From complex policies and procedures to simple and flexible rules. The company will have to say goodbye to every process that does not add value to either an internal or external client. For example, one company uses a “process shredder” tool: each employee can specify which part of the process should be simplified, while maintaining product and value. It is important to create coordination mechanisms that help to get real-time feedback on internal and external changes and find optimal solutions.
Which team wants to see the first faces?
Based on research carried out by consulting companies around the world, a list of 8 criteria for a leader in the current environment can be drawn up. It can be used to evaluate yourself – say, on an 8-point scale.
– To be visionary. The crisis will end, and the question will arise: Are we not ashamed of the way we acted? Are we proud of our steps? Have we really taken this stage and found ourselves, or have we just stayed afloat?
– To be flexible, but also concrete in the expectations of others. Now more than ever, people want to have a leader who has a position.
– To be visible, audible and understandable. To communicate constantly, to create a single information and meaning field.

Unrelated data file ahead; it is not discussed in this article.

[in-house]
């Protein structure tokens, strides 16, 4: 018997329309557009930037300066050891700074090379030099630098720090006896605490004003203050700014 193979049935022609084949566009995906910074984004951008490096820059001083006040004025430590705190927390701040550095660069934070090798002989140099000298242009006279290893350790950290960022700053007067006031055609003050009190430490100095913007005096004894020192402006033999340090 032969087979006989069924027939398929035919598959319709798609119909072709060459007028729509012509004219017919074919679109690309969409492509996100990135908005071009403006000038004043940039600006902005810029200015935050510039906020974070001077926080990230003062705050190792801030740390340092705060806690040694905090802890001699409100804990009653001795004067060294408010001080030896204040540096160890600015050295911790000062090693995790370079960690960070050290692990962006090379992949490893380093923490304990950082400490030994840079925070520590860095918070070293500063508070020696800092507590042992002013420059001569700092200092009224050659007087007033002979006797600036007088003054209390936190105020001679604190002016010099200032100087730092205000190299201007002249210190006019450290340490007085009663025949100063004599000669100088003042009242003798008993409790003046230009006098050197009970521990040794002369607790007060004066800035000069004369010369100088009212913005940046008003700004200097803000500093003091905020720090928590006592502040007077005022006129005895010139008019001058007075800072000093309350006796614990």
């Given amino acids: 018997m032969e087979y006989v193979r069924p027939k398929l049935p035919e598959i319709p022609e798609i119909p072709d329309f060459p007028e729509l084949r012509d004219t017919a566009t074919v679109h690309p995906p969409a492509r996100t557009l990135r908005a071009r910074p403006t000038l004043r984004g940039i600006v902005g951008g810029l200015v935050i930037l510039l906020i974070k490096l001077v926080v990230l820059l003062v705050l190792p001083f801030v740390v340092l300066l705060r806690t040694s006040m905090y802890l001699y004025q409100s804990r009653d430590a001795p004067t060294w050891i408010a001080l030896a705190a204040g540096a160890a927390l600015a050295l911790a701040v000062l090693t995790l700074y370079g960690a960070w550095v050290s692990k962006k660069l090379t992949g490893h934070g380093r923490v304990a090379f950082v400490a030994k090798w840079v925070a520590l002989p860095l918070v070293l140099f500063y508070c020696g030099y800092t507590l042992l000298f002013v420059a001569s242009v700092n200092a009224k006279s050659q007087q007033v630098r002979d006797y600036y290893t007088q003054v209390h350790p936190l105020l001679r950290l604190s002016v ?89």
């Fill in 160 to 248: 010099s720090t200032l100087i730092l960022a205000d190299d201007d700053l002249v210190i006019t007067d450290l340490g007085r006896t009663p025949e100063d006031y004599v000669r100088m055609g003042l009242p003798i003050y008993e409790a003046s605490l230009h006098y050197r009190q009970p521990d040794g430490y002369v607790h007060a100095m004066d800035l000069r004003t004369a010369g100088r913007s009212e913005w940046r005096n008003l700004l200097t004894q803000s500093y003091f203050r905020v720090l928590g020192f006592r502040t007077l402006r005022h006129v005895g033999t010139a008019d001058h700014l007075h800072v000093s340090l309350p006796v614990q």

– To be honest and tell the truth. Even before the crisis started, 83% of employees surveyed in the Edelman Trust Barometer survey said they were afraid of losing their jobs in 2020 (due to automation, digitization, etc.). Now the scale of fears has increased. It is important for people to know the answers, even if they are unpopular. After all, waiting for the unknown is often worse than waiting for him.
– To be sure. A general who runs in peacetime causes laughter. And a general running in time of war is panicking.
– To be real. People need other people today more than ever. So there’s nothing wrong with workers seeing a piece of what’s going on at your house.
– To be empathic. People are looking for support and the leader’s task is to help them find balance. For example, Starbucks in the U.S. offered its employees 20 free psychotherapy sessions to understand and balance emotions, to enter a resource state.
– To be decent corporate citizens. Today we want to work for a business that is socially responsible and does something not only for itself.
To summarize, we can say that the leader now becomes the director of meaning, energy, empathy and learning.
Tips for every day
Firstly, it is useful to introduce daily check-in – systematic morning meetings where employees can consult with their supervisor and with each other about tracking time on current tasks. Subsequently, it may be possible to hold them less frequently, but they should start with daily meetings.
Secondly, the rules of interaction should be agreed upon. In particular, the frequency, means and ideal time for communication should be agreed with colleagues. For example, we use Zoom, from 15 to 17 – online silence time.
Third, there is no need to invent ways of total control over employees. It is necessary to agree with them on another level: the purpose and value, as well as frankly talk about the painful things that concern people. If this is done, then what difference does it make whether the employee does his job in the bathroom or in the middle of the night? The main thing is the results that are in line with the goals and principles.